DhviolaMemberJuly 6, 2013 at 7:35 pmPost count: 2
Hello Dr. Corenman,
I am a professional violist with the New York Philharmonic. In February 2012 I had a microdiscectomy on L4-L5. In August it reherniated, and I had another microdiscectomy in October. Now I have a third herniation, same disc, same side. it is classified as moderate.
My surgeon doesn’t think a fusion will help, since the surrounding discs are also somewhat degenerated and unstable. My symptoms this time are mild, though significant enough that I knew something had happened. I have been going to PT regularly since October, and doing 30-45 minutes of exercises and stretching every morning.
I am obviously reluctant to go through another surgery unless it is necessary. What would you recommend?
Thank you!Donald Corenman, MD, DCModeratorJuly 6, 2013 at 9:00 pmPost count: 8465
The first question to ask is whether or not you have enough pain or impairment to need another surgery? Even recurrent herniations can be treated conservatively with physical therapy, epidural injections and medication.
If the pain or symptoms are such that you require surgery, the third disc herniation at the same level generally requires a fusion. Not for back pain but for prevention of a fourth recurrent disc herniation.
The reason for the fusion is to try and prevent the “battered root syndrome” or chronic radiculopathy (see website for description). There have been no studies to my knowledge as to the percentage chances of a fourth herniation. In my experience (I see many patients who have had three prior microdiscectomy surgeries elsewhere for re-herniation and come in to see me with a fourth HNP), the chances of another disc herniation are high. I believe this is due to the disc becoming incompetent after so many prior herniations.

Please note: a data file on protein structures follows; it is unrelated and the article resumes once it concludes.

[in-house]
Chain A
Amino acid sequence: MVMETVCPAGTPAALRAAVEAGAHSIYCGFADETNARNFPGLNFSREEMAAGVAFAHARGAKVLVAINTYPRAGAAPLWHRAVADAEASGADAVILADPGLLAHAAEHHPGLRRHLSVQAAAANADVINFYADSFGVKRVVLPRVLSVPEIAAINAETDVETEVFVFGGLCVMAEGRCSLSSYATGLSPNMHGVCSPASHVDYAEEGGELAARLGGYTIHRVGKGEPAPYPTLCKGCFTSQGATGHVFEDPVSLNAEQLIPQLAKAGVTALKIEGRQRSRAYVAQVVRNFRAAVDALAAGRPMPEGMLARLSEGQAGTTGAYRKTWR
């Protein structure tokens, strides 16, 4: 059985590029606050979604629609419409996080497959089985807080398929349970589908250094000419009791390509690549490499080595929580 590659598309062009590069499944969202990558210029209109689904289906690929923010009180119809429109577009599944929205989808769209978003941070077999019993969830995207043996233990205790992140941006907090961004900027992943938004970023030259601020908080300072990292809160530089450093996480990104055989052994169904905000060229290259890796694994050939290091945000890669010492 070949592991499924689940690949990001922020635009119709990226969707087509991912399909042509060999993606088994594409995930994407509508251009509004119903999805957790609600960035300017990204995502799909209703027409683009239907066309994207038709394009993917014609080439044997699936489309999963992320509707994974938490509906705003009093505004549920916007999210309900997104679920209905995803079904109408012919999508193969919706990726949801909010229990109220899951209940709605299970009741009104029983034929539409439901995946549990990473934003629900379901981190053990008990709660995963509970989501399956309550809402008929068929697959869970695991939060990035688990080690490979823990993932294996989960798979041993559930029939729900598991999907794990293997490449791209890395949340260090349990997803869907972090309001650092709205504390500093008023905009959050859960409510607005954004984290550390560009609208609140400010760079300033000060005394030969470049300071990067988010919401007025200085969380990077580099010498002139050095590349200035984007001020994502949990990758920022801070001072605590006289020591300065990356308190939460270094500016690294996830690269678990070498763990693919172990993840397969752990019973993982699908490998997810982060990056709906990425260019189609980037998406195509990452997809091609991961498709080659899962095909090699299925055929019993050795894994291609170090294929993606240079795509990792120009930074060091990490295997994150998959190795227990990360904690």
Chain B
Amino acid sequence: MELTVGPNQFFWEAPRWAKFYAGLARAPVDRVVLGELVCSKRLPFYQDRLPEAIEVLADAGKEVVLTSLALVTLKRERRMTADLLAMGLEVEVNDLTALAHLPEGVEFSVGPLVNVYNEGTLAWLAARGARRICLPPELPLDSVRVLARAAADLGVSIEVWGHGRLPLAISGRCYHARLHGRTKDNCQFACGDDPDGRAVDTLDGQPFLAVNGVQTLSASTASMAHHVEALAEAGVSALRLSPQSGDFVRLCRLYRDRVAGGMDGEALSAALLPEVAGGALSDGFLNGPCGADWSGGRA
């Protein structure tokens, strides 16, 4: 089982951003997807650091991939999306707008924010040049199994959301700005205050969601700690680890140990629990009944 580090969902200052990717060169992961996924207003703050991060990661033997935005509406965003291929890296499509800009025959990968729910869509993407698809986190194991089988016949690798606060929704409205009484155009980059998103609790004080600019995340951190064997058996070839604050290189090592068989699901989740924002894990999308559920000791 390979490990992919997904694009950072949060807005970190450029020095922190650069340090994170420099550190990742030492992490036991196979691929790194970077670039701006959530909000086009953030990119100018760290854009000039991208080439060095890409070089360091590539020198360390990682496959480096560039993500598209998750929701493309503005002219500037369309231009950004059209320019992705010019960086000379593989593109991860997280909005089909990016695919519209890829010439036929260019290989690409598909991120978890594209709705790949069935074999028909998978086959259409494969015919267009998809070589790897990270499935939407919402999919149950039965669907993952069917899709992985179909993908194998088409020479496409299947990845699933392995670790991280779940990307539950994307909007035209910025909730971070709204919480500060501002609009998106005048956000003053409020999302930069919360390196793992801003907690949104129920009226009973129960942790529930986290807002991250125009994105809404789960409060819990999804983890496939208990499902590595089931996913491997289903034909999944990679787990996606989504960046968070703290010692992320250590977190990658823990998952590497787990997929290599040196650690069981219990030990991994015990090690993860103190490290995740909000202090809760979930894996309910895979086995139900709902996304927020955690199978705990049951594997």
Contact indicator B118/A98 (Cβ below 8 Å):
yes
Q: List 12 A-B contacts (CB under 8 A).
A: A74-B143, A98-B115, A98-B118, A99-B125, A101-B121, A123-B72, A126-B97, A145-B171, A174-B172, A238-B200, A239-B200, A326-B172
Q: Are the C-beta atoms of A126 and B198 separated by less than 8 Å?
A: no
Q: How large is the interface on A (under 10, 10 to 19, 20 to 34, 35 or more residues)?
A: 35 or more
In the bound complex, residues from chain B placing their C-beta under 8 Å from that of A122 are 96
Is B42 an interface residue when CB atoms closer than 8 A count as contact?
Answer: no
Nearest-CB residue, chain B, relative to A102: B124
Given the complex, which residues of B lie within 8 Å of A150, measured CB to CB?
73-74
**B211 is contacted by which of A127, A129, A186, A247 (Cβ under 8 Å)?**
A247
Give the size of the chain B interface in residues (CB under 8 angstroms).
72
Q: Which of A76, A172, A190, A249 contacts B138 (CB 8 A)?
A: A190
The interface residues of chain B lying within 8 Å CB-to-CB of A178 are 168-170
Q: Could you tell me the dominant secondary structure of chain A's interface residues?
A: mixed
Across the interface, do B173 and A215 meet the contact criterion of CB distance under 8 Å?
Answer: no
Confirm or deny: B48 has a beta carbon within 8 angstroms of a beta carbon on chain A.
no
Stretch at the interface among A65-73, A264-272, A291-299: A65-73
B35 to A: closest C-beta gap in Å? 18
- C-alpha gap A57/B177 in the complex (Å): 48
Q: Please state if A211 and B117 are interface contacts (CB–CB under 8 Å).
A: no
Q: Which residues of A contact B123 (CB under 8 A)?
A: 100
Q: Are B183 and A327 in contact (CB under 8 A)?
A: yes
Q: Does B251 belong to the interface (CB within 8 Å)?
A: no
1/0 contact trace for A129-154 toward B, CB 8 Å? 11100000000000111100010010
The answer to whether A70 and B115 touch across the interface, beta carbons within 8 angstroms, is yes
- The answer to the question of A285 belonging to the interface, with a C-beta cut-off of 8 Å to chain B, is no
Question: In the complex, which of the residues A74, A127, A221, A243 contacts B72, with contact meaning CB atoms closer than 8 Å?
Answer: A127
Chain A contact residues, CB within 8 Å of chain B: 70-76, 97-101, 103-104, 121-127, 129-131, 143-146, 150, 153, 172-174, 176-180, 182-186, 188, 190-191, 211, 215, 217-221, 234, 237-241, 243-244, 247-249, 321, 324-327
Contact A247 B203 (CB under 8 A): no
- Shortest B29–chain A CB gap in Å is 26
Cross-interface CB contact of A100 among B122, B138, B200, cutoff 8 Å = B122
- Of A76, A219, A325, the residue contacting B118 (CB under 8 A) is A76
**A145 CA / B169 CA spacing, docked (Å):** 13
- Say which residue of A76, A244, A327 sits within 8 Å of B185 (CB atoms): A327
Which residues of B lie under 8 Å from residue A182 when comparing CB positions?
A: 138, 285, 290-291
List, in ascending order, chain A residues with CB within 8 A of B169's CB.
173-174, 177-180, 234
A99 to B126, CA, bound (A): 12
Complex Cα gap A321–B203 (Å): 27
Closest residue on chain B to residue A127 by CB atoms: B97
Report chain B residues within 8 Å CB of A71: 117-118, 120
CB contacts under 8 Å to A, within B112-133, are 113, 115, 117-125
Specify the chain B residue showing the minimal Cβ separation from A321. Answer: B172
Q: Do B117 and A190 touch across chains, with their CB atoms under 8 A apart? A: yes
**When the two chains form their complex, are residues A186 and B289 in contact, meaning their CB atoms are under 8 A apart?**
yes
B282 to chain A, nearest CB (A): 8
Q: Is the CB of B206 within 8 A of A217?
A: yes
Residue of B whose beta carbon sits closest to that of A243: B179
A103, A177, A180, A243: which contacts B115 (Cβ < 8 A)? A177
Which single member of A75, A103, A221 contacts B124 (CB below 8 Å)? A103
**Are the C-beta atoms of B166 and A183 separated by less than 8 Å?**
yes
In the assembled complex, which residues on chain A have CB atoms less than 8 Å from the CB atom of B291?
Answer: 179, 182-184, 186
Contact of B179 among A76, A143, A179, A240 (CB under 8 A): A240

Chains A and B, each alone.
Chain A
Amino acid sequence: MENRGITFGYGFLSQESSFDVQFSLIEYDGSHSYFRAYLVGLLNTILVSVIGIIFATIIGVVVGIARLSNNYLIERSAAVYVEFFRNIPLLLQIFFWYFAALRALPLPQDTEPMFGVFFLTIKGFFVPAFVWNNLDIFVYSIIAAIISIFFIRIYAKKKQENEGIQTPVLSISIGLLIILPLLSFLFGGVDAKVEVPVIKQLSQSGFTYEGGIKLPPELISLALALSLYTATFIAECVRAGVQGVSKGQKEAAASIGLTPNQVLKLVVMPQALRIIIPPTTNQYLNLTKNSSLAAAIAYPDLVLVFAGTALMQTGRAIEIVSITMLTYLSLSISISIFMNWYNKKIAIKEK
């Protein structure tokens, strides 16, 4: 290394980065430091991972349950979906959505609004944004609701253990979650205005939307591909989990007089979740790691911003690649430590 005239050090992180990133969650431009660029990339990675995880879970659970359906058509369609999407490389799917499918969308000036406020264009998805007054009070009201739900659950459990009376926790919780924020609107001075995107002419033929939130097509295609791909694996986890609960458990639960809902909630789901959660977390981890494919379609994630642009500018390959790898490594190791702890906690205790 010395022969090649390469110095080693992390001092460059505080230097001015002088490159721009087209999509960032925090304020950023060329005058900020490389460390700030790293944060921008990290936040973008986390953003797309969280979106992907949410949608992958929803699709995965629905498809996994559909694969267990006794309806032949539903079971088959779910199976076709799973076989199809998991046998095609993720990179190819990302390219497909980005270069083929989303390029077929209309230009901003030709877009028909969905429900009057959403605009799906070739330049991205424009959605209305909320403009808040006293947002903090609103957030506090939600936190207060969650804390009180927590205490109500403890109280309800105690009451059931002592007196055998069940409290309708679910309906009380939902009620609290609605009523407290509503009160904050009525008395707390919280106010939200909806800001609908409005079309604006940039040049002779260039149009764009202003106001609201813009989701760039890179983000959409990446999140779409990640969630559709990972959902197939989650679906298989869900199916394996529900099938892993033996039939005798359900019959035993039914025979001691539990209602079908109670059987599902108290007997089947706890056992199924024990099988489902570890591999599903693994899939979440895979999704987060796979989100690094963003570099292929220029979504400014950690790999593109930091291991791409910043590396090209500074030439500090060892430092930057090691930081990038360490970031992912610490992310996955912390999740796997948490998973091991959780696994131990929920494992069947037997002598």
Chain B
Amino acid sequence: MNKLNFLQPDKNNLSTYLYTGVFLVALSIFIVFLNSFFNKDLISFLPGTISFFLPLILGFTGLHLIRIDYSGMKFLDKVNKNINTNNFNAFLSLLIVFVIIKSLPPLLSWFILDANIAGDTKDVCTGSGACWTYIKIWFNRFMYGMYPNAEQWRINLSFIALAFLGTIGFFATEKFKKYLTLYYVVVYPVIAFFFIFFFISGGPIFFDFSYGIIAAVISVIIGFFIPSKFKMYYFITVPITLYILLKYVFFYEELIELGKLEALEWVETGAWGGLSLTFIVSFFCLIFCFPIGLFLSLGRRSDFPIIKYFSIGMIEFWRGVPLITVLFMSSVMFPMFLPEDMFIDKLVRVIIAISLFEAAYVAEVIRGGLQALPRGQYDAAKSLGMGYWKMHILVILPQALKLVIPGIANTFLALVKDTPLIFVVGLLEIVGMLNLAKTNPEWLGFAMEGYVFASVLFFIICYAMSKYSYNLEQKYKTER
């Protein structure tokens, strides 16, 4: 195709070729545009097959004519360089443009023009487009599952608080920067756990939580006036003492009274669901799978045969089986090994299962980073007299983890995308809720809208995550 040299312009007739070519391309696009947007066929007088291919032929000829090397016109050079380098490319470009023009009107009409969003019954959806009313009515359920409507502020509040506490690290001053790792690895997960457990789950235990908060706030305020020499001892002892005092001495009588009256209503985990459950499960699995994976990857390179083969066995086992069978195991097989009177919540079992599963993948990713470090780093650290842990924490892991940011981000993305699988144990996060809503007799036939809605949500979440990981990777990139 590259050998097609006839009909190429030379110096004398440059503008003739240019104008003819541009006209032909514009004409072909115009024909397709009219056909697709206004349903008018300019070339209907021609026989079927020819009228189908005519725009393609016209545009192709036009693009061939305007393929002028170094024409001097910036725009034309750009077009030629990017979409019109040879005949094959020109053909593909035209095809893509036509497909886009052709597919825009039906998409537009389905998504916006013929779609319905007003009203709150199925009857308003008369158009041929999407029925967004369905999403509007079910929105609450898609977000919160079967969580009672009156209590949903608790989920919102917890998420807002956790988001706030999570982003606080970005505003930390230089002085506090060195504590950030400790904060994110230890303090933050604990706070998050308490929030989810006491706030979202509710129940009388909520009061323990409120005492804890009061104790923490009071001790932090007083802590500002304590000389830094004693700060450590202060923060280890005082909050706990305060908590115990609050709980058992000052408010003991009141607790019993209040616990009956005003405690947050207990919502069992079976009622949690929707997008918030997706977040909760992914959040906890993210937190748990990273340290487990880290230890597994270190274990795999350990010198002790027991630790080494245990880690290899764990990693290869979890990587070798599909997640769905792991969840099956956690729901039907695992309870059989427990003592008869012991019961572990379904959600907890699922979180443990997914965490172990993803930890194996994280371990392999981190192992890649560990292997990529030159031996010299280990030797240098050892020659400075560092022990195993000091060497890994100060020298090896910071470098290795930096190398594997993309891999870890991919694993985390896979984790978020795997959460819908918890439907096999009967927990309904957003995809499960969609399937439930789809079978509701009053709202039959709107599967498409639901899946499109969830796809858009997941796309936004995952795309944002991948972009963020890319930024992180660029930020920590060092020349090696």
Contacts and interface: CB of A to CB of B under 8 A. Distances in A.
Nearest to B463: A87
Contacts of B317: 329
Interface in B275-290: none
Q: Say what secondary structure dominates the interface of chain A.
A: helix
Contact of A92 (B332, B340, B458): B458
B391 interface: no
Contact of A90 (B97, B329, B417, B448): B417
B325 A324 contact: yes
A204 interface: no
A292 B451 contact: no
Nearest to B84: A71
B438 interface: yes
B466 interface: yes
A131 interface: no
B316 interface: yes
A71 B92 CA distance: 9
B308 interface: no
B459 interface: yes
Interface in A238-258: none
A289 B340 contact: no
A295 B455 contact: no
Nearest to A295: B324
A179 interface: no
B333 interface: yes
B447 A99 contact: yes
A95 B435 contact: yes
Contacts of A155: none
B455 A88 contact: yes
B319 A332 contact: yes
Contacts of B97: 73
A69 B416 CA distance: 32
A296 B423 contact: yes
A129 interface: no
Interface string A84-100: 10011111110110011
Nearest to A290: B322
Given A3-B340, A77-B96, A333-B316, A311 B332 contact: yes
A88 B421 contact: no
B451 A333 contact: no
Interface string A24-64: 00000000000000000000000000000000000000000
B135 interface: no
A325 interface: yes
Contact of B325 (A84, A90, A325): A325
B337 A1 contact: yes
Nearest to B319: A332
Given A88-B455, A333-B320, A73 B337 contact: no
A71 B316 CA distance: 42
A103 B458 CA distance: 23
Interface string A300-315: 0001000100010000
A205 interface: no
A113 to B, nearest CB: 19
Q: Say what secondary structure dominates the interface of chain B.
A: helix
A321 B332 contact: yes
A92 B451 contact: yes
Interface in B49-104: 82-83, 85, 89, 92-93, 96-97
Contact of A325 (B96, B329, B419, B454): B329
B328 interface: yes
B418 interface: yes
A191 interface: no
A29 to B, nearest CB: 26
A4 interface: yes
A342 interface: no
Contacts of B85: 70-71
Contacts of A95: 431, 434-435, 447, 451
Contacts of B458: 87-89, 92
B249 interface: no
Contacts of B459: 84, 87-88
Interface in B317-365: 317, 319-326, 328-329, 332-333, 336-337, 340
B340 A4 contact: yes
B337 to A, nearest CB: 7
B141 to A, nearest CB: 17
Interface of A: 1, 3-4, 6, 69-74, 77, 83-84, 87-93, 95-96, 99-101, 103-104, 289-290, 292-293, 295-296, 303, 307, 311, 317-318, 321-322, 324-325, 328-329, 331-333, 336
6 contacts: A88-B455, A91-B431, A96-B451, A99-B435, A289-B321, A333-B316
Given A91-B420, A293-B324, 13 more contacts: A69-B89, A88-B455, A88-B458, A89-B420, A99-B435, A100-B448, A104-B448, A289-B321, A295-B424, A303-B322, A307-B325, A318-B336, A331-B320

Some of these patients who have had four herniations and surgical decompression do not obtain enough relief after the fusion even when the root is fully decompressed. Hence, the “battered root syndrome”.
This is why the general recommendations are to fuse this level to prevent a fourth herniation.
Dr. CorenmanDhviolaMemberJuly 6, 2013 at 9:43 pmPost count: 2
Thanks, I will read more. My symptoms are not that bad this time. I may try to come and see you when we are playing in Vail over the next weeks.Donald Corenman, MD, DCModeratorJuly 6, 2013 at 10:30 pmPost count: 8465
If you want an appointment, please call the office now and let them know we have made contact. If we need to get you in while you are here, advanced planning is helpful. The new patient wait time can be somewhat long occasionally.
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